The researchers said it was possible that because their data relied on electronic health records, the study could have captured only patients with the most severe symptoms, rather than a wider range of patients who did not seek medical attention for their symptoms.
Why is the research contradictory?
One reason is the differences in the studies themselves. Not all researchers have defined long Covid in the same way, measured the same symptoms or tracked patients for the same length of time. For example, some studies recorded symptoms that lasted at least 28 days after infection, while others measured symptoms that people experienced six months later. Studies based on patient studies can give very different results than those based on electronic records. And some studies did not have very different population groups. Patients in the veteran study, for example, were mostly elderly, white, and male.
Are the results different for different variants of coronavirus?
Many of the published data followed patients infected early in the pandemic. Some recently published data included people infected with the highly contagious Delta variant, but it is too early for studies on vaccines and long Covid that includes the Omicron variant. It is also too early for studies evaluating the effect of boosters on long-term Covid.
Is there anything the researchers can conclude with certainty?
Yes. Vaccines are very effective in preventing people from becoming seriously ill from infection of all the hitherto known variants. And many studies have found that Covid patients who were sick enough to be hospitalized were more likely to have lasting health problems. So by keeping people out of the hospital, vaccines should reduce the chances of that type of long-term post-covid case.
Yet many people with long-term Covid had mild or even asymptomatic initial infections, and although some studies suggest that vaccines have the potential to relieve their long-term symptoms, the evidence is not yet conclusive.
Vaccines provide some protection against getting infected to begin with – and avoiding infection is, of course, the safest way to prevent long-term Covid.
Does the vaccine label make a difference in potential protection against long-term Covid?
So far, studies have not found that different vaccines have different effects on long-term symptoms.
What are the possible scientific reasons why vaccines can protect against long-term Covid?
The cause of long-term Covid is still unclear, and different symptoms may have different underlying causes in different patients, scientists say. Some believe that the condition may be related to remnants of the virus or its genetic material that dwells after the first infection has disappeared. Another theory is that the persistent problems are related to inflammation or blood circulation problems spurred by an overactive immune response that is unable to shut down.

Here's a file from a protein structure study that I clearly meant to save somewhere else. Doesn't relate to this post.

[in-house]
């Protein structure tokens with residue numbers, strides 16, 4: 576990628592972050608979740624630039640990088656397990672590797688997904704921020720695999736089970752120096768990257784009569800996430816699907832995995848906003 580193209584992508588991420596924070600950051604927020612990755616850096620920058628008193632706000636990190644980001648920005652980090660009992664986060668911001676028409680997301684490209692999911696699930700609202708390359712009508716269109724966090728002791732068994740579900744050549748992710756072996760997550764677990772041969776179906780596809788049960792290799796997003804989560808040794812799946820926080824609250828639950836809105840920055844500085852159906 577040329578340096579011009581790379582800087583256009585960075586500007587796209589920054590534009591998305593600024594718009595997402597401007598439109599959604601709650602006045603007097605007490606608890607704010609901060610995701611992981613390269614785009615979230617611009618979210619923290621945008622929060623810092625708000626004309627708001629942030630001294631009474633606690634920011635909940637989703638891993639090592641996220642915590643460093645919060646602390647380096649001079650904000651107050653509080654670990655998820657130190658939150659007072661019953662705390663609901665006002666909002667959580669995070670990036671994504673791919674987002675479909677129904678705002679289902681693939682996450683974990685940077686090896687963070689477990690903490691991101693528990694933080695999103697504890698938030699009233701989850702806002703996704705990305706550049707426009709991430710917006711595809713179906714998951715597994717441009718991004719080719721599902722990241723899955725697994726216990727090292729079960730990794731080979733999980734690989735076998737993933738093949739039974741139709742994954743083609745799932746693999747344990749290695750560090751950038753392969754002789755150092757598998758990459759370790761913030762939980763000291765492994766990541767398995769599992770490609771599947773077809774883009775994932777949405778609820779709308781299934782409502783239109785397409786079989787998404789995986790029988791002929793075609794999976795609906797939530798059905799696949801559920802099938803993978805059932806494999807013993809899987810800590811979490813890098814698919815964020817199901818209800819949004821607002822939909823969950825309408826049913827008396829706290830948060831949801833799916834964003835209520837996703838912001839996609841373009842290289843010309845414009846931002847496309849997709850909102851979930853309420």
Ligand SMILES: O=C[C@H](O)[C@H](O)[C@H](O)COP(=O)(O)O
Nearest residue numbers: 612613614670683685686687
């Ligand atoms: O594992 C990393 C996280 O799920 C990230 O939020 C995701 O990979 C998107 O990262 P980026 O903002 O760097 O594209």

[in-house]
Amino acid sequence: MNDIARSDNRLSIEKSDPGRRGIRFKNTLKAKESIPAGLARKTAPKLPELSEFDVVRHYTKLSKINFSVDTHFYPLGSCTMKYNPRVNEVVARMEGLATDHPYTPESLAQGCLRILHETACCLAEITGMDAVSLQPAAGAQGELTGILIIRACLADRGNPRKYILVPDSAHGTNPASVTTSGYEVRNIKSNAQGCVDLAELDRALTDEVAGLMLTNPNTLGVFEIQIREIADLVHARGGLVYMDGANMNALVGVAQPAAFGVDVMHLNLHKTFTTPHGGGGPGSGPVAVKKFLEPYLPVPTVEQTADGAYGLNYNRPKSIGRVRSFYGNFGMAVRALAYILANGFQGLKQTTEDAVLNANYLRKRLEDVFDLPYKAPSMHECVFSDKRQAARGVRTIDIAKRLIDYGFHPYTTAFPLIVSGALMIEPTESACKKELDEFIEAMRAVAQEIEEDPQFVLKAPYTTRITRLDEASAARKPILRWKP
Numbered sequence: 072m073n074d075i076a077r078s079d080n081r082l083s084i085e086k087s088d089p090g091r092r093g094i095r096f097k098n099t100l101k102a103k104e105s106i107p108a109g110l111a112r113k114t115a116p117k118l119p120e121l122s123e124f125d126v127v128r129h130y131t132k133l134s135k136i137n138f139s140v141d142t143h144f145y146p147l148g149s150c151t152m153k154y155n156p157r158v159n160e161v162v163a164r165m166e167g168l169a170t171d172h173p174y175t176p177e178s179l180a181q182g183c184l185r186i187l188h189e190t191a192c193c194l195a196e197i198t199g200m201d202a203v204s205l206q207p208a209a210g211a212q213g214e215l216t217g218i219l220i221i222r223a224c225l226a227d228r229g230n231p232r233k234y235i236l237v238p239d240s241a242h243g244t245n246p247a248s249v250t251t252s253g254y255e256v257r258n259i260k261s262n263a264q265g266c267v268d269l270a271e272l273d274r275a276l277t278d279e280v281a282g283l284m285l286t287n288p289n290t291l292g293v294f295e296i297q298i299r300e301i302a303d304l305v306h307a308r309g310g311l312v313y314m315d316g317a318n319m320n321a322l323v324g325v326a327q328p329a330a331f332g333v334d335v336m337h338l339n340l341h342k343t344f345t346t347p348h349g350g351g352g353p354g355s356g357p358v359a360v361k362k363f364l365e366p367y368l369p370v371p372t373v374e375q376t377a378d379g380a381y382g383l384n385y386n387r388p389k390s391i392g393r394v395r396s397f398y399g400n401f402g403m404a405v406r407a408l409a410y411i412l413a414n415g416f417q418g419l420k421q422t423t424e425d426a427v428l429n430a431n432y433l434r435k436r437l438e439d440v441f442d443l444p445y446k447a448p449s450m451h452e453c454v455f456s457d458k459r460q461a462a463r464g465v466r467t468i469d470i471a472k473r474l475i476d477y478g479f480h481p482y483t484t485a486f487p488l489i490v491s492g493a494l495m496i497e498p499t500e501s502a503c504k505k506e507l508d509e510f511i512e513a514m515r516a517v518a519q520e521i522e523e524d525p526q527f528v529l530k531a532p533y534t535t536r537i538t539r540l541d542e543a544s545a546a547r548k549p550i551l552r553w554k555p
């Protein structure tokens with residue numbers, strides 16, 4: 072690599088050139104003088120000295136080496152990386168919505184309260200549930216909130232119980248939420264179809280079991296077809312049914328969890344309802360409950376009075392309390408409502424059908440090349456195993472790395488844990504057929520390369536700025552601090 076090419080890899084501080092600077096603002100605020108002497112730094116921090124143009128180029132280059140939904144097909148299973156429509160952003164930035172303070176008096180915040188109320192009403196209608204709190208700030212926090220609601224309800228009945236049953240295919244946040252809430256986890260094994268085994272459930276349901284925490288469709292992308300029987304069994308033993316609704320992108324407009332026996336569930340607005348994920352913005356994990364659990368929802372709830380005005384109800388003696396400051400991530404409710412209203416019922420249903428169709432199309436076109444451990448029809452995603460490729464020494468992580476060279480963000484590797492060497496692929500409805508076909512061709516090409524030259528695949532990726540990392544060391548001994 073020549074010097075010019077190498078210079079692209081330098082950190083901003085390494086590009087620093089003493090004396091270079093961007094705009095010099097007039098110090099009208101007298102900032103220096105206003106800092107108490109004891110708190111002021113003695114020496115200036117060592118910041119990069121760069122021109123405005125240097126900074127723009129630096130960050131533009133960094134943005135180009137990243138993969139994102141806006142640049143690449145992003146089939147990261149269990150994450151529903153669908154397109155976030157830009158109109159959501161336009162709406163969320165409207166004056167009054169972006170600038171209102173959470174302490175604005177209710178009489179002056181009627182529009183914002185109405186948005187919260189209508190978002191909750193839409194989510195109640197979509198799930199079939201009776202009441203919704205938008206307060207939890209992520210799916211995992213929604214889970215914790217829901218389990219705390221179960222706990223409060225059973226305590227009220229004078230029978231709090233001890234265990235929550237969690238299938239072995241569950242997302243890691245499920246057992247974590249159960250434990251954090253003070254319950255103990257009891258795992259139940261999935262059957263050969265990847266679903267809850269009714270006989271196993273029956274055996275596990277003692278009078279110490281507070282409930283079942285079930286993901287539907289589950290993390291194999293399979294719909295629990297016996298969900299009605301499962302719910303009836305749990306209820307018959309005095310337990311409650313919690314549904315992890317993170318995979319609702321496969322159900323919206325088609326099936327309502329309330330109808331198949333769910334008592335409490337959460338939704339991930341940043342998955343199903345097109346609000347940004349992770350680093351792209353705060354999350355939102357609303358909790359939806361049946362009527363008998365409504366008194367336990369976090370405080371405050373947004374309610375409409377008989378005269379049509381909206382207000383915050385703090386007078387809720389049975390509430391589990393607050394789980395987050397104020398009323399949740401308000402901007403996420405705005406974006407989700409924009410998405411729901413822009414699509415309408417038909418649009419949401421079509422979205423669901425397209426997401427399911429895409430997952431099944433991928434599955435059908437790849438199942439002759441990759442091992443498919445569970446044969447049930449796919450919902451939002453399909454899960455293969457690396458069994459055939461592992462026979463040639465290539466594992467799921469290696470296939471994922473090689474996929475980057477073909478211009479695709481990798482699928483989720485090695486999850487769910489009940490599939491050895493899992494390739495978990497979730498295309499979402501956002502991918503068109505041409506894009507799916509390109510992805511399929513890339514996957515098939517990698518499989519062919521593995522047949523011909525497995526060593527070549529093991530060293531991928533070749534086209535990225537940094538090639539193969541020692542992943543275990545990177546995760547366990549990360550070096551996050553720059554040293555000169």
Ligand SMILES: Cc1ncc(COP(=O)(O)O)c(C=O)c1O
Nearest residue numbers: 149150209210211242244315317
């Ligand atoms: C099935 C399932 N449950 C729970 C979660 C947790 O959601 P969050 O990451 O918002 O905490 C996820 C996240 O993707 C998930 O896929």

Akiko Iwasaki, an immunologist at Yale, has said that vaccines may be able to provide lasting relief in humans whose symptoms are caused by remnants of the virus, if the antibodies generated by the vaccines eliminate those remnants.
But in people whose symptoms may be caused by a post-viral reaction similar to an autoimmune disease, she said, vaccines can only help temporarily, and problems like fatigue can reappear.
Can it help to get vaccinated if you already have a long Covid?
When vaccines were first rolled out, some patients with long-term Covid found that symptoms such as brain fog, joint pain, shortness of breath, and fatigue improved after being vaccinated. Still, many people experienced no difference in their symptoms after vaccination, and a small percentage said they felt worse.
A study by the Office for National Statistics in the United Kingdom showed that in people aged 18 to 69 who reported their symptoms between February and September 2021, a first dose of a vaccine lowered the odds of reporting long-term Covid symptoms by 13 percent . Another dose lowered the odds further by 9 percent, the study found.
The recent analysis from the UK Health Safety Agency evaluated this study and seven others that investigated whether vaccination of people with long-term Covid affected their symptoms. It found that in most of these studies, several people with prolonged Covid reported improvement in their symptoms at some point after they had been vaccinated. However, some people also reported worsening of symptoms, and in several studies, the majority of people said that their symptoms were unchanged.
The Agency noted that the definition of long Covid varied widely among the studies and that, because all studies were observational, changes in symptoms could be due to factors other than vaccination.